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Posted on • Updated on • Originally published at

Hack the Vote (not really though)

IMPORTANT INFORMATION: I contacted the people involved with the show and they verified the issue and confirmed that they had other methods set in place to address this issue. The following is their response after describing the issue I had found:

Thank you for the information. It is not our policy to provide details on security practices, but there are multiple layers of post-processing that address the issues you raised. We appreciate your willingness to share your findings and the opportunity to validate that controls were in place.

I asked about posting my findings and I received the following response back:

While we appreciate your reaching out, we are unable to provide consent to the naming of a show or the companies involved. Voting processes are active and reserved for legitimate voters. Thank you for your understanding.

I have removed the references to the company and the show from the post and the code.

I came across this while voting for an unnamed companys recent TV comedy talent show. I am not an active viewer of these type of shows, but given that a comedy group I follow was competing, I wanted to watch their performances to support them.

During the semifinals, they opened up the voting for the audience. The voting process required that I signup with an email and password. One dropdown and two checkboxes later I could finally vote. Their voting system is built in such a way that an individual email account can vote up to 10 times. This is performed with a simple enough slider and once you've set your vote, you submit and you're done.

That's where I thought it ended. I had completed my duties as a fan by casting a vote and there was nothing left to do. That is, nothing left to do but open up the developer console and see how the voting system worked.

I cast my vote a few more times to see how the requests were handled and on the surface it looked pretty normal. POST request with an encoded Authorization value and the URL encoded data as part of the query string. My first thought was that the Authorization value was based on the original "login" I did when I first got to the website so of course it would be tied to the email:password combination I used. But after two or three requests I noticed that the Authorization value kept changing.

Since the network requests weren't telling me much more, I went ahead and opened up the source code. After prettifying the code and finding the spot were the vote was being cast I was surprised to find out that the Authorization token was actually just an encoded version of the exact query parameters. I thought it was weird that they would ask you for a login but not tie that in any way to this voting POST request. I also thought there was no way I could modify the data and get a successful response. I was wrong.

I first tried changing the number of votes from 10 to 100. Failed. 10 to 5? That worked. The email address was also a parameter so I tried changing it to a fake email address I knew would not exist in the system expecting it to fail. It didn't.

There is no way that vote counted. I created a new account with that fake email I just used and I was very surprised to see that my new account already had 10 votes for the contestant I had voted for. That means that even if an email address is not registered, it could still cast votes and have those counted.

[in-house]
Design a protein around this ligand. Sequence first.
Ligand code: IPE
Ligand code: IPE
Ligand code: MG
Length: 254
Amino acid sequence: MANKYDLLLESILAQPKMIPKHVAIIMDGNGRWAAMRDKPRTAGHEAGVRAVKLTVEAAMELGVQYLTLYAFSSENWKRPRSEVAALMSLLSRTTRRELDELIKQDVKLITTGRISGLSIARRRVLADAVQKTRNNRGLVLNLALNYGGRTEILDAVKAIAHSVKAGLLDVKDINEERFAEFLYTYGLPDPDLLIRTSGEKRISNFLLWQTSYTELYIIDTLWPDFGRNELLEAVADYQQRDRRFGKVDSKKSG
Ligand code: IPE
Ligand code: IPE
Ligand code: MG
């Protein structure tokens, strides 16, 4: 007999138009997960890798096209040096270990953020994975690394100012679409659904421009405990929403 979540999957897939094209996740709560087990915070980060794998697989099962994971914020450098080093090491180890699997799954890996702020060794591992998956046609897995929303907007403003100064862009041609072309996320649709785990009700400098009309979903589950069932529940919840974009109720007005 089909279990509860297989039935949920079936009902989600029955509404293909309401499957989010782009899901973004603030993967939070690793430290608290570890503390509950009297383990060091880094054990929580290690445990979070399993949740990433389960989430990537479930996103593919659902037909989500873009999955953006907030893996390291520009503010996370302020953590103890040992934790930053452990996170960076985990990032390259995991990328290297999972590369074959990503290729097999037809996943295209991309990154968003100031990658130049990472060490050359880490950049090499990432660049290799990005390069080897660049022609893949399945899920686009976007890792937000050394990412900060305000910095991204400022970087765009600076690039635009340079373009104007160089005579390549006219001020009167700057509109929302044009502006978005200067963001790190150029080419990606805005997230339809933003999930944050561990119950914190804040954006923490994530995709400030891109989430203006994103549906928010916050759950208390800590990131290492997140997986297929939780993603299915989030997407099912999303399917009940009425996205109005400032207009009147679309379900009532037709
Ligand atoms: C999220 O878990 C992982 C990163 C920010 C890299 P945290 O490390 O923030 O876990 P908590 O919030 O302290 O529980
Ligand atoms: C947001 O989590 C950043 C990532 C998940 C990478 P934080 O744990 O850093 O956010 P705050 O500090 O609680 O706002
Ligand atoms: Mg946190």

The obvious next step now was to write a script that I could use to send votes from random emails. This would guarantee that the contestant I wanted to would win the competition.

The code is fairly straightforward as all that is really happening is that the data is passed through the HMAC-SHA256 hash function from CryptoJS and the POST request is sent. I also added a helper function to iterate through a list of n emails to send the vote for each email.

A successfull response will look like the following:

    response_code: '20',
    votestring: '{"total":10,"L1":10}'

What's next

After a few back and forth emails with the InfoSec people at the show, they assured me that this is not exploitable as there are multiple layers of post-processing that address the issues. Without access to their database it is difficult to see how they're addressing it. A few things come to mind:

  • Assuming they have a table for registered users and users votes, they should be able to crossreference votes that are not made by "real" users.
  • They could be logging IPs as well and count votes only for unique IPs.

Regardless of how they are getting around this issue to count votes, I do think that the real fix would be to actually issue an authentication token that is used to verify the voting requests in the future. This seems like an oversight from the group that designed the API but I can't think of any good reason why you would pass the email address as part of the vote instead of tying that to an authentication token.

There were two shows that had opened up the voting schedule at the same time and I was able to get success responses while voting for both of them so I assume this issue would be present on all other shows that require audience voting participation.


You can find the source code along with instruction on how to run it here:

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